Safety issues associated with the use of denture cleansers. -
Few people experience safety issues related to the use of denture cleansers but health risks can arise.
This page discusses the types of reactions that sometimes occur with different types of cleaners (with case examples), signs and symptoms to watch out for, what to do if a reaction is noticed, as well as general rules for keeping denture cleaning safe.
1) Safety issues with persulfate denture cleansers.
One of the most publicized safety issues associated with cleaning false teeth involves the compound persulfate.
- Many of the commercial preparations used to make soaking solutions contain either potassium persulfate or potassium monopersulfate.
- This includes "effervescent" denture cleansers. It's included in their formulation as a cleaning and bleaching agent.
In February 2008, the Food and Drug Administration issued a report about persulfate risks. It stated that they had received information about 73 severe reactions involving this compound. They pointed out that the incidences involved both the proper and improper use of the cleansers.
a) Allergic reactions to persulfate.
Persulfate compounds are known allergens (triggers of allergic reactions). And even when products that contain them are used within their recommended guidelines, a reaction can occur.
[Related content: Homemade alternatives that don't contain persulfates.]
Of the reports we read through on the FDA website, the following one seemed quite typical. It involves a woman had an established bedtime routine of using a persulfate-containing denture cleaner, according to the guidelines of the product.
- Before going to bed she noticed itching around her eyes (one sign of having an allergic reaction) and in response (appropriately) took a dose of the medication benedryl.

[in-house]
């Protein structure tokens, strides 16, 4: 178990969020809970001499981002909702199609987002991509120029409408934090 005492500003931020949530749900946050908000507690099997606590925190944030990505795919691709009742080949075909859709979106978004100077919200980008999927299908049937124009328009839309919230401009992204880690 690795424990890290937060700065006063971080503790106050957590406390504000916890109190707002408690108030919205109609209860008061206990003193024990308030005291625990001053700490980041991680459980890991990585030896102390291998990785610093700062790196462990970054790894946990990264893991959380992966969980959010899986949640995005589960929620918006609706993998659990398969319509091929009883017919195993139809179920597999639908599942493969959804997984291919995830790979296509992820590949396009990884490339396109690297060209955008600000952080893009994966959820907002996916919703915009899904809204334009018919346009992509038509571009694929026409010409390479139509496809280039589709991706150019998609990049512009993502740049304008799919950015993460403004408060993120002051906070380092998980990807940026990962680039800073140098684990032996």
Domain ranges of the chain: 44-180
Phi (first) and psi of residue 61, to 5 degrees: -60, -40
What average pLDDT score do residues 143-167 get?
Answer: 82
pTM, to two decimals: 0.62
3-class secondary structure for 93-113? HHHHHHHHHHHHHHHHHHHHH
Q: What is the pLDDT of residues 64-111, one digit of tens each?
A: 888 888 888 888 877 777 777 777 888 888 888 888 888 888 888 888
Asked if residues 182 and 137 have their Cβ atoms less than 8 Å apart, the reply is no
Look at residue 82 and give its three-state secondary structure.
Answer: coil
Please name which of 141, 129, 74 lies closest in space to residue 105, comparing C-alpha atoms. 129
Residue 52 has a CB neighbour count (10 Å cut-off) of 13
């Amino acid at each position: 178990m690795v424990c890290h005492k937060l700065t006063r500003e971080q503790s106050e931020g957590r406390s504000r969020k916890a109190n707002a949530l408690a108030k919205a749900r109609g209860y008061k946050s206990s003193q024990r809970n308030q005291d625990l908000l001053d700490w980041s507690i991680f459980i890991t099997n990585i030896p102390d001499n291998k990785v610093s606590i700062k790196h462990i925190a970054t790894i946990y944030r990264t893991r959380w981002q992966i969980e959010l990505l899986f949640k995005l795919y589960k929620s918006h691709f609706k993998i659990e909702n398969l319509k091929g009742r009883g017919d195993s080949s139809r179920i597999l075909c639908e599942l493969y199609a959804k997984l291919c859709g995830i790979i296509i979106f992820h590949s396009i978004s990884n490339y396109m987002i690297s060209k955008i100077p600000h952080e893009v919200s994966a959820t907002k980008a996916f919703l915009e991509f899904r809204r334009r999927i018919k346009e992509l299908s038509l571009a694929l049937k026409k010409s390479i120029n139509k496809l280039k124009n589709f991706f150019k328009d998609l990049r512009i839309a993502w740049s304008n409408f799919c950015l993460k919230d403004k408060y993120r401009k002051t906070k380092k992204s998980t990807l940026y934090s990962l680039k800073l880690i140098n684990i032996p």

- Some hours later she woke up having difficulty breathing due to swelling of her throat. At that time, she was taken to the hospital for emergency treatment and ultimately recovered.
You should take notice of the fact that her reaction occurred after having an established history of persulfate use. This is not uncommon. Her reaction happened to have a slow onset, some types of allergic reactions can occur instantaneously.
We found the following report in published dental literature (Le Coz, 1999) [References for this page.]
- A man wearing his 3 year-old denture developed a chronic inflammation of the lips (a cheilitis).
- Testing determined that he had an allergic response to the denture cleaner he used which contained 20% potassium persulfate.
- The man became symptom free after avoiding the use of the cleanser.
- What's interesting about this case is that the manner in which the man used the product was within its guidelines.
His persulfate exposure stemmed from solution that had been absorbed by both denture plastic and built up tartar accumulation.
[Related content: Using homemade vinegar soak to remove tartar deposits.]
b) Misuse of persulfate products.
The inappropriate use of persulfate cleansers is a second source for safety concerns.
A FDA publication (2013) relates the following incidents involving misuse. Both involved serious reactions, one resulted in death.
- An 81 year-old man who, after soaking his false teeth, gargled with his denture cleanser.
- A 74 year-old woman who ate 6 denture cleaning tablets.